Satellites provide a perspective of the Earth that cannot be matched by ground-based technology. In the early days of the Space Age, satellites served little purpose beyond demonstrating that they were in orbit. Decades of experience and technological advancement have yielded sophisticated craft that perform multiple essential missions for militaries, government agencies, and companies around the world.
Ground stations are an essential but often overlooked segment of space infrastructure. Ground stations connect satellites to terrestrial networks and collect satellite information ranging from tracking and telemetry to imagery and scientific data. The stations also upload information to spacecraft, including command and control data, software upgrades, and other mission-critical instructions. Employees at some ground stations process, analyze, and distribute satellite-based data, products, and services.
Ground station infrastructure is a key component of space systems providing command control, tracking, and telemetry services for launch vehicles, satellites, and other platforms. Worldwide tracking systems operated by government agencies support launch command and control. In addition, space situational awareness systems like the U.S. Space Surveillance Network track space debris and assist with collision avoidance.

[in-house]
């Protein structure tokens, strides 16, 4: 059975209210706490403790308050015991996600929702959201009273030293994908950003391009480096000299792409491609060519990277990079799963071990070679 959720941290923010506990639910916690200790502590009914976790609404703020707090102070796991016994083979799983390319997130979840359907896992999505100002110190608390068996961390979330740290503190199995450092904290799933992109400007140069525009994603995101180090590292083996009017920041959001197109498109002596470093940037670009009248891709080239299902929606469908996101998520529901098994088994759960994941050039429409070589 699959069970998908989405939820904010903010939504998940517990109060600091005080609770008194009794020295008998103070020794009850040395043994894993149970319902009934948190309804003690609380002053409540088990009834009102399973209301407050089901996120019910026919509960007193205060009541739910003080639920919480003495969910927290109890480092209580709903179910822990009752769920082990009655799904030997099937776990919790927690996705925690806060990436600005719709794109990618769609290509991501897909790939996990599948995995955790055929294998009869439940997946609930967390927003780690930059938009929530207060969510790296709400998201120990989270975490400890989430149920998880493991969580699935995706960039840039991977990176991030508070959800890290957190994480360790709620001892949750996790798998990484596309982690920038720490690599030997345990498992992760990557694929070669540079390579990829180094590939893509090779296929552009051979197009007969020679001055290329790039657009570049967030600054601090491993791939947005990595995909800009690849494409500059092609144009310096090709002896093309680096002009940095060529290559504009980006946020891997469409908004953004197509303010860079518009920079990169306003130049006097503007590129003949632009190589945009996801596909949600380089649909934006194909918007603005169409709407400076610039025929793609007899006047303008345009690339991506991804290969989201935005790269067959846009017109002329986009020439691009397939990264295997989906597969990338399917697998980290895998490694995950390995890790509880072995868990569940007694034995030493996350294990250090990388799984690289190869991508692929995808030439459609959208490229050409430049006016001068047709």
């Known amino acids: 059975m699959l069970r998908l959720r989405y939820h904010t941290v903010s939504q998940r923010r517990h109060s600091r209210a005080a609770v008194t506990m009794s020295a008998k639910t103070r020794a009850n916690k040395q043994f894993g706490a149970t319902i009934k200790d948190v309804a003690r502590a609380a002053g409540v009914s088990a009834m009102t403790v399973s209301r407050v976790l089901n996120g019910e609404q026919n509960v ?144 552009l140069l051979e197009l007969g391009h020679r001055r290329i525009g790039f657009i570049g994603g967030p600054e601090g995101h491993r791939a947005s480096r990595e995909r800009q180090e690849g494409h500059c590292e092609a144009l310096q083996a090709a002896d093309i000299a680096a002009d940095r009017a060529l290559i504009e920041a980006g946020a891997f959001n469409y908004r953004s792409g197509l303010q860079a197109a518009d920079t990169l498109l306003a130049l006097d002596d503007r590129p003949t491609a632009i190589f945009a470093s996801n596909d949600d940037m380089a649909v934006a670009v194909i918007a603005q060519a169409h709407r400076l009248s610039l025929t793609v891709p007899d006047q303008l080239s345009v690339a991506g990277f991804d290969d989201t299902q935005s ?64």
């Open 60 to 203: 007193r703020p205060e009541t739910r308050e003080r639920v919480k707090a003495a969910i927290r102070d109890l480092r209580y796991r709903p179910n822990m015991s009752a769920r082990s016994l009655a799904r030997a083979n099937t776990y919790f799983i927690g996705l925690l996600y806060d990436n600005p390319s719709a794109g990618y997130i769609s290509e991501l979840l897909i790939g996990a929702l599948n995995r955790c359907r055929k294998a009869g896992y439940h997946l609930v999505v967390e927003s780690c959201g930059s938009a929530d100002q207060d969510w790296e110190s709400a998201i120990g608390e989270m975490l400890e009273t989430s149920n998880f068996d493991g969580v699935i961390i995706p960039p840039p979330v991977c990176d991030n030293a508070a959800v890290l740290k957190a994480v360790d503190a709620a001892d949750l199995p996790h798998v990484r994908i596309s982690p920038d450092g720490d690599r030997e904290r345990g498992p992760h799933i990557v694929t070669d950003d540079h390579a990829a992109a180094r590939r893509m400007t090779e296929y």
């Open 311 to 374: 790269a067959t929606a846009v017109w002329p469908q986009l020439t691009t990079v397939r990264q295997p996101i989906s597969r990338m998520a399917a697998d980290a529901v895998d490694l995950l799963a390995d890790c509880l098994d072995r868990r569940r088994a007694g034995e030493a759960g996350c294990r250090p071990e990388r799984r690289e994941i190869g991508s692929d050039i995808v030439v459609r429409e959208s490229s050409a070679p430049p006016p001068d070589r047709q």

Ground station infrastructure provides command, control, tracking, and telemetry systems for launch vehicles, satellites, and other platforms. Worldwide tracking systems operated by government agencies support launch command and control. Satellite ground stations are operated either by commercial or government entities; their components include the large satellite receivers used to transmit and receive signals to and from satellites on orbit for the purpose of communication, navigation, or data transfer.
As geostationary (GSO) satellites remain in an essentially fixed position relative to the ground at all times, they can communicate with fixed ground stations continually. Medium Earth orbit (MEO) and low Earth orbit (LEO) satellites appear to “fly by” overhead and have a shorter communication window for a given station, from ten minutes for a LEO satellite to two hours or more for a MEO satellite. Satellites in highly elliptical orbits may be in communication with a fixed ground station for up to eight hours.
Satellites in use have four basic applications: communications, remote sensing, navigation, positioning and timing, and scientific experimentation (generally using a suite of sensors with variations of some or all of the other types). The sidebar describes the various satellite orbits.